The most artistic and ambitious album I heard in 2010 is A Deep Breath from Randy McStine's new band Lo-Fi Resistance. Randy's earlier CD's were collections of young-guitar-prodigy singles, really ripping stuff but with no cohesion, no theme or story to tie individual songs together. This album does have a unifying vision:
With humanity on the brink of destroying itself (judging by the readied ICBM launcher in the cover-art scene), our protagonist struggles to understand, seeks hope, despairs, rejects religion, bitches about religionists blaming AIDS on "God hates gays", and ends "Wasted". The music (written and mostly performed by McStine) is much less rocking but deeper than any of his older material. Some people will love it, but the vocals seemed far too emo for my tastes, both in lyrical content and in delivery. Still a notable work.
My final album pick is An Evening with the Parlor Cats. They've been one of my favorite blues bands for years, my number-one harmonica band, but in late 2009 they were reconstituted. Brian Swan, Jamie Osterhout, and John Brown all left, and for 2011 they're playing something very different, "alternative-grunge-punk-old metal", as Channel Monster. Brian Potenziano, meanwhile, rounded up three blues veterans to back him, and this CD is from one of their early live shows at a good venue, the Hideout near Binghamton. Only three originals out of eleven songs, and two of them are repeats from the old Parlor Cats' Help Me! which I reviewed in issue 314 ( This is good music, but I liked the old album better. That had studio-quality sound reproduction where the bending notes and tonal texture really came through. The new album sounds like you expect a typical bar show's tape to sound, which is what Brian wanted.
So that's my year in music: Most ever, best ever, fully immersed, wouldn't trade it for a million bucks.
Mike, 717 Dawson Hill Road B, Spencer, NY 14883-9793
((Thanks very much, Mike. Great listening to this here and planning some other things to listen to in the future. Next up, one more music letter from Eric Ozog that needs some set up. Eric and his brother Kurt were pointing me and Paul Rauterberg to this commentary on the recent tour by the Church:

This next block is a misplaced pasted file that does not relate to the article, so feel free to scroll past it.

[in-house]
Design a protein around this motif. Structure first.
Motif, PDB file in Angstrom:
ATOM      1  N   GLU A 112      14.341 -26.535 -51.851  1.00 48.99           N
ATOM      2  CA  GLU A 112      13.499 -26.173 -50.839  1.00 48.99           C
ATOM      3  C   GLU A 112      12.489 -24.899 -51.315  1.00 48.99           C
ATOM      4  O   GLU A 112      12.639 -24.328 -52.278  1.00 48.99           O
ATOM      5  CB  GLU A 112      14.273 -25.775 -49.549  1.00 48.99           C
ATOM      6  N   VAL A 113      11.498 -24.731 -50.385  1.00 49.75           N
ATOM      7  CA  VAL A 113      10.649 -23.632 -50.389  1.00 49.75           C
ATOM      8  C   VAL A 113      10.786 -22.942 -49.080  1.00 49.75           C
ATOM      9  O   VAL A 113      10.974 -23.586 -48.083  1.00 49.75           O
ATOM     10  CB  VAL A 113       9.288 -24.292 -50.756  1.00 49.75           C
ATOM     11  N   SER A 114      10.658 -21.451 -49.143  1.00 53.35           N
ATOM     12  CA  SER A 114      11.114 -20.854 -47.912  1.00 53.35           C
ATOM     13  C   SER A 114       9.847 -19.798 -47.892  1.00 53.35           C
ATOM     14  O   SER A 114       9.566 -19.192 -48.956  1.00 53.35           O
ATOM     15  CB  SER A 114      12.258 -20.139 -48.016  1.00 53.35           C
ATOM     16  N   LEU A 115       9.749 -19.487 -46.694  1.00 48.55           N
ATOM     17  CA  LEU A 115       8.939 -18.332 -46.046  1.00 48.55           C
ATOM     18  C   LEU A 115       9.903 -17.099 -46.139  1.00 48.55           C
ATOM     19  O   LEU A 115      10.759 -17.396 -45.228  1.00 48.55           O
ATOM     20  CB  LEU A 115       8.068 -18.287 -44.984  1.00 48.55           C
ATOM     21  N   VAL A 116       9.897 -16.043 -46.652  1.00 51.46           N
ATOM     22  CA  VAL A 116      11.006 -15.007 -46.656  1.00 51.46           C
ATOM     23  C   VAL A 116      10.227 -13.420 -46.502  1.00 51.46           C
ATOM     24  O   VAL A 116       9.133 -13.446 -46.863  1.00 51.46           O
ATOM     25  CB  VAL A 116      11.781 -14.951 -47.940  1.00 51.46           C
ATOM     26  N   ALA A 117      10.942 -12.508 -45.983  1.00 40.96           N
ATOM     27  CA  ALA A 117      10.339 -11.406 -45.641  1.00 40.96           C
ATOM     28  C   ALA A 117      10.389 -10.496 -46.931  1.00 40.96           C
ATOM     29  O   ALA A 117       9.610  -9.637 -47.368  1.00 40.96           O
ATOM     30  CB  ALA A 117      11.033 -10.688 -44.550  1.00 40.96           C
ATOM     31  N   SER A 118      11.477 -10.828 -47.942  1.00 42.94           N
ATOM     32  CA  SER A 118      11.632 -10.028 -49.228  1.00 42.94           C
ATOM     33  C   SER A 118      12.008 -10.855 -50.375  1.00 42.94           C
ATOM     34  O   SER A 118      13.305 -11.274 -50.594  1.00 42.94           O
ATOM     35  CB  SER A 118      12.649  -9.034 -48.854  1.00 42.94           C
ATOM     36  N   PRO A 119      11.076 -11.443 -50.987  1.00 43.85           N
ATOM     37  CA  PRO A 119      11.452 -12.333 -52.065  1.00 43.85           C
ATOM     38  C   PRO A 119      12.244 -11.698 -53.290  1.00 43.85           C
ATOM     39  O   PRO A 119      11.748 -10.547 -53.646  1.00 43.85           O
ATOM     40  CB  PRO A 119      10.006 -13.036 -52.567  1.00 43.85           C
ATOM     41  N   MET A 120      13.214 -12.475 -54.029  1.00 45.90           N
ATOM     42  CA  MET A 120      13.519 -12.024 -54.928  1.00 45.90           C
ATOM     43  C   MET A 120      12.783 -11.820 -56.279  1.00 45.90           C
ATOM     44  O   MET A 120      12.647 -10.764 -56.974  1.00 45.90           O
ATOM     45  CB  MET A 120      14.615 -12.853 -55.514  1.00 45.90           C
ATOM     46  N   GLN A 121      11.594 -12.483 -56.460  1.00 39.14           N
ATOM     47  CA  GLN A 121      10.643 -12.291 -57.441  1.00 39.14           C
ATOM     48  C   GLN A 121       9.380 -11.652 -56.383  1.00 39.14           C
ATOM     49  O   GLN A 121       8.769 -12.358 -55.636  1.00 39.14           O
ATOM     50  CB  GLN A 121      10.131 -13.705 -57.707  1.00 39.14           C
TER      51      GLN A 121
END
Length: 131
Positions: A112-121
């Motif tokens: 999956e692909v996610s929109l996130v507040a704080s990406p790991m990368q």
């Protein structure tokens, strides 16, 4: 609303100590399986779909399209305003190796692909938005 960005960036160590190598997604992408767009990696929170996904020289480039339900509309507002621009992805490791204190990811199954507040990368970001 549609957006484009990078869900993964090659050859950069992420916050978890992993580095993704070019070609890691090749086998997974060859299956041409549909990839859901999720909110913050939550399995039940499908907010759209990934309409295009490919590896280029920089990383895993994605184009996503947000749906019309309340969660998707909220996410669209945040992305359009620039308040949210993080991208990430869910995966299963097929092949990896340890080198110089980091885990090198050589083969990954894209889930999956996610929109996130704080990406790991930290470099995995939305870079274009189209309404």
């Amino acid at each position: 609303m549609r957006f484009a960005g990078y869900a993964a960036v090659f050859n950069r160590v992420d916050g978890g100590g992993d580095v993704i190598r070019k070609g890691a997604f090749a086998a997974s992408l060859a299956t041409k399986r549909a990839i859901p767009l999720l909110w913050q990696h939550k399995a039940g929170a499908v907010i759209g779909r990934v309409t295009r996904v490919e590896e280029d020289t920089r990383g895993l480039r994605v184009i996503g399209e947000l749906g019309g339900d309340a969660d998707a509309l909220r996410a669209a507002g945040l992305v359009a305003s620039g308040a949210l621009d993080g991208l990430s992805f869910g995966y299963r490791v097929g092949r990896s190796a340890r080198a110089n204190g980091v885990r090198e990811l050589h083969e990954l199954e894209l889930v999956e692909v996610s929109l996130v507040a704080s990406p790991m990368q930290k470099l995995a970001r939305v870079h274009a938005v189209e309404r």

At first I thought Kurt had written it when quickly skimming, but it IS a GREAT review, please go read it. Unfortunately, if you blinked you missed the US part of this tour by the Church and they are off to Sydney, Australia for the next leg. But listen to some classic music of great power and depth next time you get a chance in the second best reproductive music environment.))

Eric Ozog (Mon, Feb 21, 2011 at 3:04 PM)
Hi Jim - a Seattle fan of The Church and concert reviewer wrote that review, but it's accurate on how awesome their Seattle show was - the best concert I have ever seen - their songs were going through my head a few days later! They played three of their albums back to back and note for note, one was immersed in the music. By the way, Kurt and I were flying down I-5 in my Cougar to the Church show ((I still remember the trip flying down the road to Pudgecon in that car, amazing it is still going!)) and we were playing Mekons, including selections from Retreat From Memphis: The Flame that Killed John Wayne. The Chicago Ozog brothers reunited for a rock and roll weekend. I also took Kurt to a Green Pajamas show right after he got off the plane (they happened to be playing that Saturday night) - he was impressed by their live performance.
Best, Eric, elferic of